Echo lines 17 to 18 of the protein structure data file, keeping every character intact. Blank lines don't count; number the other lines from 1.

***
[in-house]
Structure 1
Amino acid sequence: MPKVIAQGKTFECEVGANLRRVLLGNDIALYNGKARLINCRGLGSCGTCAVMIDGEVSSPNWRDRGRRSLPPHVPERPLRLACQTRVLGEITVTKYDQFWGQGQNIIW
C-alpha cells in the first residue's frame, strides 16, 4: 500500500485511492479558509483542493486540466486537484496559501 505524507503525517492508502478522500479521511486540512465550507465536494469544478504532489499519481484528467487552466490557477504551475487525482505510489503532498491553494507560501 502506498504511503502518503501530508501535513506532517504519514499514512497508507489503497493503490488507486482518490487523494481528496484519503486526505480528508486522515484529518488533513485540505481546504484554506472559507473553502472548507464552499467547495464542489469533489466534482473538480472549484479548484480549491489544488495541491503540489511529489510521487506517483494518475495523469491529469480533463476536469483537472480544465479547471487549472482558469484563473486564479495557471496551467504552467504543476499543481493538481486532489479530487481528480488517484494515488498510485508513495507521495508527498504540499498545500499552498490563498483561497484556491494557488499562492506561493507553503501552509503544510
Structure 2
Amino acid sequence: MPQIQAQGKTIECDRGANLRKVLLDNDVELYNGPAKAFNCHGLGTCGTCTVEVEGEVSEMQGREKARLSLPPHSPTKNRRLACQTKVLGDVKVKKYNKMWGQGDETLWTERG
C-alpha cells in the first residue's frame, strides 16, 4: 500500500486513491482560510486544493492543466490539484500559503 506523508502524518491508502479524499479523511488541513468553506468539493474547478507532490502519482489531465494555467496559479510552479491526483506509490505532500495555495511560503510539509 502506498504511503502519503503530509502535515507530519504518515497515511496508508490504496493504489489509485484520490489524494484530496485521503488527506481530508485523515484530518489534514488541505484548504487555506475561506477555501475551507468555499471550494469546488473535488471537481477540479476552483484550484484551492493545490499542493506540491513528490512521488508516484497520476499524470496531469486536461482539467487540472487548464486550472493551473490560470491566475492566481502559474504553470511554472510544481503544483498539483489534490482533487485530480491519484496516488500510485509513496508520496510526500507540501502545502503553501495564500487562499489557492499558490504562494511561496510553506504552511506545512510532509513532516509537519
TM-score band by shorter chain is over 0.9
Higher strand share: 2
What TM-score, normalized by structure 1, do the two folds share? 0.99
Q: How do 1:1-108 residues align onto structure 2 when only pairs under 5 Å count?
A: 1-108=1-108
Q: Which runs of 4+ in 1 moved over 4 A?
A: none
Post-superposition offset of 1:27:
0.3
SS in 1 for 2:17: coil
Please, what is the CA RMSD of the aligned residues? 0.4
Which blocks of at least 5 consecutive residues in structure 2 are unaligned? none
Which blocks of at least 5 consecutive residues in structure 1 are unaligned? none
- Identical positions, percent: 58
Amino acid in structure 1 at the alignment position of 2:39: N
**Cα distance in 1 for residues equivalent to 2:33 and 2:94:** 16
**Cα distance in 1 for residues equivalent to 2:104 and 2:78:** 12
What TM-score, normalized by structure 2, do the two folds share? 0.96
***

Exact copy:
SS in 1 for 2:17: coil
Please, what is the CA RMSD of the aligned residues? 0.4